Australian rider Lucinda Fredericks and her plucky mare Headley Britannia held off all rivals to win the Rolex Kentucky Three-Day Event at the Kentucky Horse Park on Sunday with a flawless ride in the stadium jumping phase.
Upon finishing the last combination and realizing she had jumped clean, Fredericks took a jubilant victory gallop around the stadium to a standing ovation from the crowd, attempting to hold back tears and pointing again and again to her horse.
Fredericks had been in second place after the dressage, but she moved to first with a clear round in the cross-country phase and held on to the lead.
Bettina Hoy of Germany stayed in second place on 18-year-old Ringwood Cockatoo, and Buck Davidson, the only American among the top five finishers, stayed in third with another clear round on My Boy Bobby. Davidson also placed 15th on his second horse, Ballynoe Castle. Presented with the award by Gov. Steve Beshear and first lady Jane Beshear, Fredericks also will take home a check for $80,000 and a Rolex watch.
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Fredericks is no stranger to the winners' stand: She and her small, 16-year-old mare, who stands at only 15.3 hands, won the four-star Burghley Horse Trials in 2006 and the four-star Badminton Horse Trials in 2007. The pair also won the team silver medal at the 2008 Olympic Games.
In addition, Fredericks' husband, Clayton Fredericks, won Rolex in 2007. Although the couple ride for Australia, they are based in England. Fredericks thanked everyone for "the best week in our lives."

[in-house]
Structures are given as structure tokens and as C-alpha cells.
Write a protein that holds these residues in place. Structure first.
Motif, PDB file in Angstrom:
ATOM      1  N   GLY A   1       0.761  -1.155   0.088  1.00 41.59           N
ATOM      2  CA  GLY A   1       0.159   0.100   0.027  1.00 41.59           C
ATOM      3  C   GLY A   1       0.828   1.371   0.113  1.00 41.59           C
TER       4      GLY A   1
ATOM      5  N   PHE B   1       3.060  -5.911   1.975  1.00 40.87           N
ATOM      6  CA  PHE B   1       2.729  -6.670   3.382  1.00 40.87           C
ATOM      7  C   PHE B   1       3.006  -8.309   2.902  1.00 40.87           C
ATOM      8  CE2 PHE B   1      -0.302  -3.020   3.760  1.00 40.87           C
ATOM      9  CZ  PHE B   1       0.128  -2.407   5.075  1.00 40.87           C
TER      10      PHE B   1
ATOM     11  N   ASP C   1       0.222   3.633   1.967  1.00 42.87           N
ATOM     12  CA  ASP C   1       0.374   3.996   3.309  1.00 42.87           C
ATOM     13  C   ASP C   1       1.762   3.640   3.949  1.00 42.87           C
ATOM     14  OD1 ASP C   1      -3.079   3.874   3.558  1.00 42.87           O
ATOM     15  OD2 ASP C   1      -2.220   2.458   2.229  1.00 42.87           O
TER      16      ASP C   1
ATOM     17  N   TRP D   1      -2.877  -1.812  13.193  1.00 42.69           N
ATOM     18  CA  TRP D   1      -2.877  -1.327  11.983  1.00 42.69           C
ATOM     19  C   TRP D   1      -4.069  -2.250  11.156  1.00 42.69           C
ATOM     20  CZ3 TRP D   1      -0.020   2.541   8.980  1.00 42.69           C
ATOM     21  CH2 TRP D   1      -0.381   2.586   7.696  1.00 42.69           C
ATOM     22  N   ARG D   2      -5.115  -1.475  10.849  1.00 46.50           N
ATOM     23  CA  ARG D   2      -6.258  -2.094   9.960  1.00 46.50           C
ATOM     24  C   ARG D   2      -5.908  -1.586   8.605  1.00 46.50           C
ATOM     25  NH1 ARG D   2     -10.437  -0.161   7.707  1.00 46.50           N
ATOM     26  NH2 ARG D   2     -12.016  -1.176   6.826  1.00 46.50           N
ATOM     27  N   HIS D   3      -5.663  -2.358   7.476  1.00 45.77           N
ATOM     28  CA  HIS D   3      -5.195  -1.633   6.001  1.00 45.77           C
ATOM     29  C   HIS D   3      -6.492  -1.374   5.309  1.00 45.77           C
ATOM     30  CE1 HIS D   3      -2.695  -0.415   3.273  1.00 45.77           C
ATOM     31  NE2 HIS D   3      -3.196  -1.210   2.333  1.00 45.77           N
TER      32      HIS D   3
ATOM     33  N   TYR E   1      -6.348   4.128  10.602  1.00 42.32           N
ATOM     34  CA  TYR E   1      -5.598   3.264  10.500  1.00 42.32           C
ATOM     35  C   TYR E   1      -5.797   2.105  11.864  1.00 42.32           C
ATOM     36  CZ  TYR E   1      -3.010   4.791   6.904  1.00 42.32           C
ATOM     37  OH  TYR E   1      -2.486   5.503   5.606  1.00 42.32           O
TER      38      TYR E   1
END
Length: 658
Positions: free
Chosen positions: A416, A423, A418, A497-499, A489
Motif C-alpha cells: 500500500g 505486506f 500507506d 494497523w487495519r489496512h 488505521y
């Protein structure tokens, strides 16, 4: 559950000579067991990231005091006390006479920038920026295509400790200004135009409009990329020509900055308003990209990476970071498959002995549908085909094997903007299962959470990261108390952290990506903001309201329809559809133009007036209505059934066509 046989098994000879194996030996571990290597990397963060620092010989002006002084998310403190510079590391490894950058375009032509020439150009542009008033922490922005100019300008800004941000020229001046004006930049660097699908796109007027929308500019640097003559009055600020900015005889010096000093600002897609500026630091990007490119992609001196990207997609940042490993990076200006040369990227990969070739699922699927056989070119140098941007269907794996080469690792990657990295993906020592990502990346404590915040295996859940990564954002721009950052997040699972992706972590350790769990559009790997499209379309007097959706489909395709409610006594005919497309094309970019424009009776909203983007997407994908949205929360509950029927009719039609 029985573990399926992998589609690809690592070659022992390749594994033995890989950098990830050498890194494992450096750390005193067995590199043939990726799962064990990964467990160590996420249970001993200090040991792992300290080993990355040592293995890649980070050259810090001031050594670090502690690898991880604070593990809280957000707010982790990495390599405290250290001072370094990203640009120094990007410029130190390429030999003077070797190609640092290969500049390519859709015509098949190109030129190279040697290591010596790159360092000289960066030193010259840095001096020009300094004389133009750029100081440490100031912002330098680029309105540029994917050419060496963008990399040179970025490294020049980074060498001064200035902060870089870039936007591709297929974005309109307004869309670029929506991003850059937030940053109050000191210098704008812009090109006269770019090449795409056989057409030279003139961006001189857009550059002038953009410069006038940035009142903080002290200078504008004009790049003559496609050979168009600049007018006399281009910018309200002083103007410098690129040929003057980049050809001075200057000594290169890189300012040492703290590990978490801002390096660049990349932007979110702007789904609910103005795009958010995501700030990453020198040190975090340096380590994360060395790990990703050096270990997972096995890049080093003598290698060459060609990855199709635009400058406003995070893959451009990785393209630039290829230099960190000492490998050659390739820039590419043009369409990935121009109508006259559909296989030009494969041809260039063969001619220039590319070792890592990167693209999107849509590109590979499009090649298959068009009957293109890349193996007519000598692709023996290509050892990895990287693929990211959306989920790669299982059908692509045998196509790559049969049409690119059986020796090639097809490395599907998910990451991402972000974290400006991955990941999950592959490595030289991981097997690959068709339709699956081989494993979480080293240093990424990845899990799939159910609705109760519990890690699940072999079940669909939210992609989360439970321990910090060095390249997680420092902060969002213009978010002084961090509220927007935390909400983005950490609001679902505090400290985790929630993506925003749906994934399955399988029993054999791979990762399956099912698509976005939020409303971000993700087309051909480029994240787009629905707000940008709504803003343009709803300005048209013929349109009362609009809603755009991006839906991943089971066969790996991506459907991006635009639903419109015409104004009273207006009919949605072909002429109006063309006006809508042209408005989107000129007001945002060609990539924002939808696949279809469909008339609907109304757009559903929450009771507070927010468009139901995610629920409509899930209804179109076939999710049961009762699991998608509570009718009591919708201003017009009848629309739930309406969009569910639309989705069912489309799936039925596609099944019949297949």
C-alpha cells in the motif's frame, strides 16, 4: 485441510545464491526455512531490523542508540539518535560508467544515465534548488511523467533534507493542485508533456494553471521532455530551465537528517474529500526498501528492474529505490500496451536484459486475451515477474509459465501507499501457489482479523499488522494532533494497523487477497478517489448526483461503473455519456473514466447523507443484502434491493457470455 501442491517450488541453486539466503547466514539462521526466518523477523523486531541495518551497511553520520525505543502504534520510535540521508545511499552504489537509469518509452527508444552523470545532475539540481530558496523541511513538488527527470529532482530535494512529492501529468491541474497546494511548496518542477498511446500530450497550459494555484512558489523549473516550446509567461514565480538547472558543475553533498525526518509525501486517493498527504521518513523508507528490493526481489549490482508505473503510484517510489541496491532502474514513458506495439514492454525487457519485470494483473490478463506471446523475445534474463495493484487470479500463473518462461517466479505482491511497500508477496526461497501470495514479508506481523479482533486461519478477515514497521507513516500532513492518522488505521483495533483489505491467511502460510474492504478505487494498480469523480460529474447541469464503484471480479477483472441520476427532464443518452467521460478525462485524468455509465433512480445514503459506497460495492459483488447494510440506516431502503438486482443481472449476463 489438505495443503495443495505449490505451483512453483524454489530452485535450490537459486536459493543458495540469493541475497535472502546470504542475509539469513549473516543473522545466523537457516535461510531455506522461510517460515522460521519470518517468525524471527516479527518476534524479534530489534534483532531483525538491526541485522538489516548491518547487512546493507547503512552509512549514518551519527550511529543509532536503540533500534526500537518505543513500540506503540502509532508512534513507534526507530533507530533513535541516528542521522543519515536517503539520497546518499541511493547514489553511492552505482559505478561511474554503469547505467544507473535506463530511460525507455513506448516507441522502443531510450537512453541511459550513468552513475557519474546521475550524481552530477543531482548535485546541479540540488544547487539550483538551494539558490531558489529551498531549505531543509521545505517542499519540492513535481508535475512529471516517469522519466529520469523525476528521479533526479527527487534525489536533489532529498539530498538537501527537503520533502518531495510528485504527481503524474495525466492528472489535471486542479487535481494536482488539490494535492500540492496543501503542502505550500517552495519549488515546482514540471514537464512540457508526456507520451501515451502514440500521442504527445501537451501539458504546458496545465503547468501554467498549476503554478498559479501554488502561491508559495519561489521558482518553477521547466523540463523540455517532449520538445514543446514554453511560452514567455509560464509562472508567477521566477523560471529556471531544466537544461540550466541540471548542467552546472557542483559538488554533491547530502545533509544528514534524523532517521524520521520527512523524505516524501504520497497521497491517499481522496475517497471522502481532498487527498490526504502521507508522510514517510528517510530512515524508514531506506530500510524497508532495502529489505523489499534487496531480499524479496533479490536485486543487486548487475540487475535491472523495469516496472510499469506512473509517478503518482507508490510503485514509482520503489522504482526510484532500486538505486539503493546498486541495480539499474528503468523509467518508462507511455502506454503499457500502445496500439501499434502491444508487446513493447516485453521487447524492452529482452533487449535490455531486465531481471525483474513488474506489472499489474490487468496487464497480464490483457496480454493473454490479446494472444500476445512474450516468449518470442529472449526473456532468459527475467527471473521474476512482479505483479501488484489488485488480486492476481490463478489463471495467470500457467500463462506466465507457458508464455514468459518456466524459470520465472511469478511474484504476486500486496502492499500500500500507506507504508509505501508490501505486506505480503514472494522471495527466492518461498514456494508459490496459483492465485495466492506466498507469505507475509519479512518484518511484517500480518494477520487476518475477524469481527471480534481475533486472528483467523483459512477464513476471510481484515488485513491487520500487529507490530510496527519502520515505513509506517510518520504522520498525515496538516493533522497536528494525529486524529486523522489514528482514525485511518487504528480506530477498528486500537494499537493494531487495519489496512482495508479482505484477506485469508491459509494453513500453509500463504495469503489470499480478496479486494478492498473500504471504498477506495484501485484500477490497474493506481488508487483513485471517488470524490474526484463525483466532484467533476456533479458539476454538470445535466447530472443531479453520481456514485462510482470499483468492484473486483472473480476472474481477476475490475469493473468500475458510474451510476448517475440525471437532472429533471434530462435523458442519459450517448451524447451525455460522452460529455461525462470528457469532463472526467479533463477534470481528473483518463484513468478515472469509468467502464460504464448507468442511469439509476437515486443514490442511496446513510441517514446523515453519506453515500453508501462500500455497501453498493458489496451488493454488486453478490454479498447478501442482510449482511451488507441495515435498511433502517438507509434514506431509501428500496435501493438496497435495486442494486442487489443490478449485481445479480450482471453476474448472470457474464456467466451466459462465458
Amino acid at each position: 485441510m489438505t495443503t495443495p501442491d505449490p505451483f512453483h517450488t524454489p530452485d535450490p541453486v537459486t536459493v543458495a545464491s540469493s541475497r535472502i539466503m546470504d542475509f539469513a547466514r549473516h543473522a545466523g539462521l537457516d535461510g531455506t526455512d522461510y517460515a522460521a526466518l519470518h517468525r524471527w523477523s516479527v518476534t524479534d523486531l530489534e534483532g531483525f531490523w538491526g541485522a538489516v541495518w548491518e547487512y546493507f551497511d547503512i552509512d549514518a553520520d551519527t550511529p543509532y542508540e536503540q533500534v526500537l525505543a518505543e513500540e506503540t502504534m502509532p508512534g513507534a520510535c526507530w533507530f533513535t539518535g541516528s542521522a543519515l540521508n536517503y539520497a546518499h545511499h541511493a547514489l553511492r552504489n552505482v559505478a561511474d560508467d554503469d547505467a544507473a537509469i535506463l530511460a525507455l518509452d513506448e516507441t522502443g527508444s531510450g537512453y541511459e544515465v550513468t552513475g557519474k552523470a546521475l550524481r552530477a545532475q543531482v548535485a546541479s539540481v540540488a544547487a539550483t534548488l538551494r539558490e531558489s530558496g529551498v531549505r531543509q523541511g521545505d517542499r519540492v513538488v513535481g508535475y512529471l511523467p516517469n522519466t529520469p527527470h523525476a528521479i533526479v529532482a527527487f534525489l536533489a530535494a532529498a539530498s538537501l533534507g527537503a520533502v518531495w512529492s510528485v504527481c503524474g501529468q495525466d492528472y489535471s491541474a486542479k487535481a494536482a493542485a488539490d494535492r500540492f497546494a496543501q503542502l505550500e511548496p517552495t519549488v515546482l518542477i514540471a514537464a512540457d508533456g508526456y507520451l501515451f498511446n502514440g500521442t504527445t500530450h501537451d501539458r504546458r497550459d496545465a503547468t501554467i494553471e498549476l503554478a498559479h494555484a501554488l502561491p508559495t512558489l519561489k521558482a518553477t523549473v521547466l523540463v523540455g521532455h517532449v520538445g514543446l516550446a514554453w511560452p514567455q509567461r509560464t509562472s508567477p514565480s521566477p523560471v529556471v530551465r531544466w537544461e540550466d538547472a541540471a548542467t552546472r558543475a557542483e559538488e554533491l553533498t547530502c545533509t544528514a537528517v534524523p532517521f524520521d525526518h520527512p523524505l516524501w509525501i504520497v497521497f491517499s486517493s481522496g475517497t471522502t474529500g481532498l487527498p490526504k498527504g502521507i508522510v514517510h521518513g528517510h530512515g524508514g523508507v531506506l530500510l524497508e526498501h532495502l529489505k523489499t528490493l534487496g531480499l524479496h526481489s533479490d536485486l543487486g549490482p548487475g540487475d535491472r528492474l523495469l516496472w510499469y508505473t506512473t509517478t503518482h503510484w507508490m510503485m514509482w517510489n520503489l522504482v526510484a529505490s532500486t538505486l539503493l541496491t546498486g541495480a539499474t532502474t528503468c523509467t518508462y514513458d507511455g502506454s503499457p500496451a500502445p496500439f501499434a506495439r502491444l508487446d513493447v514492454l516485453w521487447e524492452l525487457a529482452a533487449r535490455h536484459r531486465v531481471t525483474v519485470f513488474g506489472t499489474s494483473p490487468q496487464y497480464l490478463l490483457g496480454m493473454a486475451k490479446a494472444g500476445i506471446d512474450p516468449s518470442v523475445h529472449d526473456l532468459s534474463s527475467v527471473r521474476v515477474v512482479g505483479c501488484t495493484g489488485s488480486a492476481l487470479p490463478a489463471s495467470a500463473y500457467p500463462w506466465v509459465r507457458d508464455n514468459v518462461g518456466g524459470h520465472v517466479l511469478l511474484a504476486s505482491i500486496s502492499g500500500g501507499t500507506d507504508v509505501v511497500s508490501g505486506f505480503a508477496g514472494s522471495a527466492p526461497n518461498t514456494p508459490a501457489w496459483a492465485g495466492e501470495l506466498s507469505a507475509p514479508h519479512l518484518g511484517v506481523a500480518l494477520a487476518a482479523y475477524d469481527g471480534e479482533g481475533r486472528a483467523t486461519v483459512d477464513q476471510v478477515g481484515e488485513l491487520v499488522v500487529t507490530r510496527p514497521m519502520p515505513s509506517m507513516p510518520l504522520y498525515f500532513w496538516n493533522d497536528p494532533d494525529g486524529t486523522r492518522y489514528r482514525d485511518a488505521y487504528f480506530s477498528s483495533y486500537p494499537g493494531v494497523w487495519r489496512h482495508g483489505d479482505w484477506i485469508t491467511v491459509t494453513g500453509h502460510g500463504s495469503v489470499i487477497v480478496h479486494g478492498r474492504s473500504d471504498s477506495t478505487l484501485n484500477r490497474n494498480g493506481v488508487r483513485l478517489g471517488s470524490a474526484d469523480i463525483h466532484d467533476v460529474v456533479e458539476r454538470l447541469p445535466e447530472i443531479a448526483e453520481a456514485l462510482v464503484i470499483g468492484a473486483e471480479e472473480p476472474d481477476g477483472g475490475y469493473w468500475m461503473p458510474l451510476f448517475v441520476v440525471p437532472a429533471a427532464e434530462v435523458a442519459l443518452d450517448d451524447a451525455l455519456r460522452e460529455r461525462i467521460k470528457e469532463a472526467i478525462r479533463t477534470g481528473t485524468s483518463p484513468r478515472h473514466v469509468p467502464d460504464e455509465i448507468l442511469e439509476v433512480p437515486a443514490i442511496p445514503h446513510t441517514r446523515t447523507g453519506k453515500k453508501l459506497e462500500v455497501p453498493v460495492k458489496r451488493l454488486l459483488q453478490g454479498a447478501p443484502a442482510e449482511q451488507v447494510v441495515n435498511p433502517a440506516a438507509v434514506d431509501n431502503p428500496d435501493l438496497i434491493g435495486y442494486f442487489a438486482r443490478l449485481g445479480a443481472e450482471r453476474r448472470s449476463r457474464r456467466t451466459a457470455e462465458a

"For this horse to come out all the way to America against some serious opposition, I think she's done a fantastic job," she said. Fredericks said her husband urged her to come to Rolex, despite the logistical difficulties.
"To come here and experience this amazing place, ..." she said after the medal ceremony. "We don't have anything like this in the U.K., or in Europe. We're going to really look forward to coming back next year."
The jumping finals were the inaugural event in the $25 million outdoor stadium at the Kentucky Horse Park; the riders had to complete a complicated course of 16 jumps in 90 seconds, many of them decorated in the colors of local horse farms. This year's Rolex featured a tough international crowd of riders, many of whom had come to see the Horse Park in advance of the 2010 Alltech FEI World Equestrian Games.
Only two other Americans placed in the top 10: Last year's winner, Phillip Dutton, on Connaught, came in seventh, and Stephen Bradley on Brandenburg's Joshua was 10th.
WEG organizers said 16 national federations came to Rolex to talk about the World Games. They discussed competition, athlete services, and ticketing and hospitality. The four days of competition had clear, sunny skies but was marred by the death of a horse on the cross-country course, apparently from natural causes. The cross-country attendance, usually a huge draw in nice weather, was down by 10,000 people, which organizers attributed to the bad economy.